In the 1950s, some record companies assigned publishing credits to disc jockeys and others who helped to promote a record, a form of payola by means of composer royalties. For this reason, the disc jockey Alan Freed received credit as a co-writer of "Maybellene". +more Robert Christgau's October 1972 essay on Berry suggests this was the case for Freed's publishing credit. Leonard Chess, in Christgau's words, "flipped" for Berry's "Maybellene" and "forwarded it to Alan Freed. " "Having mysteriously acquired 25 percent of the writer's credit," Christgau writes, "Freed played 'Maybellene' quite a lot, and it became one of the first nationwide rock and roll hits. ".
Russ Fratto, who had loaned money to Chess, also received credit. (Some Chess insiders have said that Chess owed money to Fratto, a printer and stationer, for producing record labels. +more Other accounts describe Fratto as "a record distributor. ") The Freed and Fratto credits, which do not appear on the original Chess single (see the photograph above), were withdrawn in 1986. However, as of 2014, these credits still appear on some reissues of Berry's recordings.
The first edition of Charlie Gillett's The Sound of the City: The Rise of Rock and Roll in 1970 erroneously identifies Fratto as a disc jockey and suggests that both Freed and Fratto were present at the recording session in Chicago in May 1955.
Bruce Pegg's Brown Eyed Handsome Man on the life and recording career of Berry identifies Fratto as the owner of Victory Stationery, a print shop next door to 4750 South Cottage Grove, the location of the first offices of Chess Records. Pegg identifies Victory Stationery's owner Fratto as "4750's landlord. +more".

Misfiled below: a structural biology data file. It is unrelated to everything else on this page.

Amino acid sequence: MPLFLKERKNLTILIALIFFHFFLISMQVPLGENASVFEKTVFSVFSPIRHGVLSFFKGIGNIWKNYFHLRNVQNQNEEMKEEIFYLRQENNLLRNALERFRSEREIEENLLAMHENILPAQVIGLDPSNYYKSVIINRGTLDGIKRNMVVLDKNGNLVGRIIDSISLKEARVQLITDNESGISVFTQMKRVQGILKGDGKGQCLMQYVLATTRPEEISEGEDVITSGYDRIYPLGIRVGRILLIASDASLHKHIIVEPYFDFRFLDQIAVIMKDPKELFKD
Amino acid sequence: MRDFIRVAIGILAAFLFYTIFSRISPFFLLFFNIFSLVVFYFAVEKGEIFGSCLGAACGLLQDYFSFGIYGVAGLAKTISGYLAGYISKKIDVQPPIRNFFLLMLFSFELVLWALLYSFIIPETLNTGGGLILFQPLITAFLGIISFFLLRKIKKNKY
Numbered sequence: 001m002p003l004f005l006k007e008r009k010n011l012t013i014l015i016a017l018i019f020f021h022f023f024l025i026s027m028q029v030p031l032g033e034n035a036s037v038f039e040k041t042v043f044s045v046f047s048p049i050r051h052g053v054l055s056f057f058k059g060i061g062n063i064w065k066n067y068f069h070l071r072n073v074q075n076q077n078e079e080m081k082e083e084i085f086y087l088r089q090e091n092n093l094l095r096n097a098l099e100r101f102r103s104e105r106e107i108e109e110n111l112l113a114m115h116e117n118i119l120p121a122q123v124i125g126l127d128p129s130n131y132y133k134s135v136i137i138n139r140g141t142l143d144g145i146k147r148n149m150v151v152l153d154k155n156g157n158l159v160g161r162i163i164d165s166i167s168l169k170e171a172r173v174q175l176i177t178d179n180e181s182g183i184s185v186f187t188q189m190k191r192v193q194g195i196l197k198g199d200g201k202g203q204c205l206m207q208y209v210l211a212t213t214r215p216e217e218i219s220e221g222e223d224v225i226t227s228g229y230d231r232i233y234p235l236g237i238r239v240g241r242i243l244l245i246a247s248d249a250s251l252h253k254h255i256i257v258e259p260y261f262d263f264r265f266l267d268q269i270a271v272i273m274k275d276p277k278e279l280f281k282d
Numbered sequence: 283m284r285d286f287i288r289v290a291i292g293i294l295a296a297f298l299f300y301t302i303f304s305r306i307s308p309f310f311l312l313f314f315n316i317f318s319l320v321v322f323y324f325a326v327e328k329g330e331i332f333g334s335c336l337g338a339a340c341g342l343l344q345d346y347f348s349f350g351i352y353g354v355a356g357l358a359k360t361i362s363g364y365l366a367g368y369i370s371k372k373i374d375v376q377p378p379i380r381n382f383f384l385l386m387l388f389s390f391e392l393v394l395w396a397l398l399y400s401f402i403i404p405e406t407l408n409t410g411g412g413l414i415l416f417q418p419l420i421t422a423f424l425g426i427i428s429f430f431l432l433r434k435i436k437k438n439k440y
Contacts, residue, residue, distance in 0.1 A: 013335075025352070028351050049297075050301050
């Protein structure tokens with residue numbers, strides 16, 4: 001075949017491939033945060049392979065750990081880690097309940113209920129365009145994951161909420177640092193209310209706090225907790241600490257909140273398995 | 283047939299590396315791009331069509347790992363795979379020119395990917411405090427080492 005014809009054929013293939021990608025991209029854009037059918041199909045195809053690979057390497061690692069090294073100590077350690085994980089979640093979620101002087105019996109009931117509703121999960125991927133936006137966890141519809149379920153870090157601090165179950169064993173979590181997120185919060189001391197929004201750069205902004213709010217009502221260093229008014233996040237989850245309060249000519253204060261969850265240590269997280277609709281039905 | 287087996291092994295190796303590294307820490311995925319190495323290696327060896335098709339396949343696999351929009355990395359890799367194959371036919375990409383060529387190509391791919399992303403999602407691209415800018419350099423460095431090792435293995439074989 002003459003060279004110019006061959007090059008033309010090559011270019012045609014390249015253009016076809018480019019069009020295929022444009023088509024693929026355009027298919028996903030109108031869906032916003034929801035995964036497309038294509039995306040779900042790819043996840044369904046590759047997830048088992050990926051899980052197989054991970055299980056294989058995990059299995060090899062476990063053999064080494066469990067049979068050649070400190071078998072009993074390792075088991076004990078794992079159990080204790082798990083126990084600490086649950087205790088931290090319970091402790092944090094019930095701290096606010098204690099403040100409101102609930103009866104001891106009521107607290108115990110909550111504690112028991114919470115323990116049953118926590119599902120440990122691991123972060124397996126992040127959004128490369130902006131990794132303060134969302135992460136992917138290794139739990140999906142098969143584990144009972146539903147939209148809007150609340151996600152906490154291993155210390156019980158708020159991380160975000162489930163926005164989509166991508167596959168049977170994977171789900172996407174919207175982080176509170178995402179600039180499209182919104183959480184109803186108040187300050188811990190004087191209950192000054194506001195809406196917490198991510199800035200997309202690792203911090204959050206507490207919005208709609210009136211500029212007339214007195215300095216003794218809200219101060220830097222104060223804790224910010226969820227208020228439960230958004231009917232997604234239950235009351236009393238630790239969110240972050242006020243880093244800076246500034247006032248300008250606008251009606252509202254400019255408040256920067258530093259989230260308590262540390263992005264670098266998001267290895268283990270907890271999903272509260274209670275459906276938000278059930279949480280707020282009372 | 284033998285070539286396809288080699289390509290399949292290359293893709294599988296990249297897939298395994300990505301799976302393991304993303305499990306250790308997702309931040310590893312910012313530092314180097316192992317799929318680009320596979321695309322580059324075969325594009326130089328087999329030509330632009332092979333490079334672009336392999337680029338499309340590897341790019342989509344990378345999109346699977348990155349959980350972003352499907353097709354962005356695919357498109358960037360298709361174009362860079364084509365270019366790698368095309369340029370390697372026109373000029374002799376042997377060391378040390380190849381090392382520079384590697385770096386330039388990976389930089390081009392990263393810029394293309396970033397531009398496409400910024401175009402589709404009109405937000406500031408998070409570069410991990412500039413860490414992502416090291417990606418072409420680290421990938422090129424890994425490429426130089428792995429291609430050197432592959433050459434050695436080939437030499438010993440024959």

In an interview with Patrick William Salvo for Rolling Stone published in November 1972, Berry told Salvo that Freed "didn't sit down with me at all and write anything." "He [Freed] got that money solely for doing us some favors in those days," Berry told Salvo.
In 1955, the song peaked at number five on the Billboard pop chart and was number one on the R&B chart. Billboards year-end charts in 1955 ranked "Maybellene" number 3 on the Top R&B Records Retail Sales and Juke Box Plays charts.
The record sold one million copies by the end of 1955.
Honors and awards
According to the Acoustic Music organization, "the song ushers in descending pentatonic double-stops, which becomes the essence of rock guitar".
In 1988, "Maybellene" was inducted into the Grammy Hall of Fame for its influence as a rock-and-roll record. The Rock and Roll Hall of Fame included "Maybellene" in its list of the "500 Songs That Shaped Rock and Roll" (also included are Berry's recordings of "Rock and Roll Music" and "+more_Goode'>Johnny B. Goode"). In 1999, National Public Radio included it in the "NPR 100", the one hundred most important American musical works of the 20th century, chosen by NPR music editors. "Maybellene" is currently ranked as the 98th greatest song of all time, as well as the second best song of 1955, by Acclaimed Music. The song is ranked number 18 on Rolling Stones list of 500 Greatest Songs of All Time.
Columbia Records released a version by Marty Robbins (21351), entitled "Maybelline," by the end of August 1955. His version was the number 13 "Most Played by Jockeys" in the country-and-western market by mid-October. +more and soon Columbia was touting it as one of its "Best Selling Folk Records". By November, it was noted that the record had "won considerable pop play". Other versions available in mid-October 1955 were by J. Long (Coral 61478), J. Lowe (Dot 15407), and R. Marterie (Mercury 70682) with the song listed as number 14 top selling in the nation.
Allmusic lists cover versions by more than 70 performers, including Elvis Presley, the Everly Brothers (as "Maybelline"), John Hammond, Paul Simon (in a medley with "Kodachrome"), George Jones and Johnny Paycheck, Carl Perkins (as "Maybelline"), Johnny Cash, Bubba Sparks, Foghat (as "Maybelline"), Gerry and the Pacemakers, and Chubby Checker (as "Maybelline").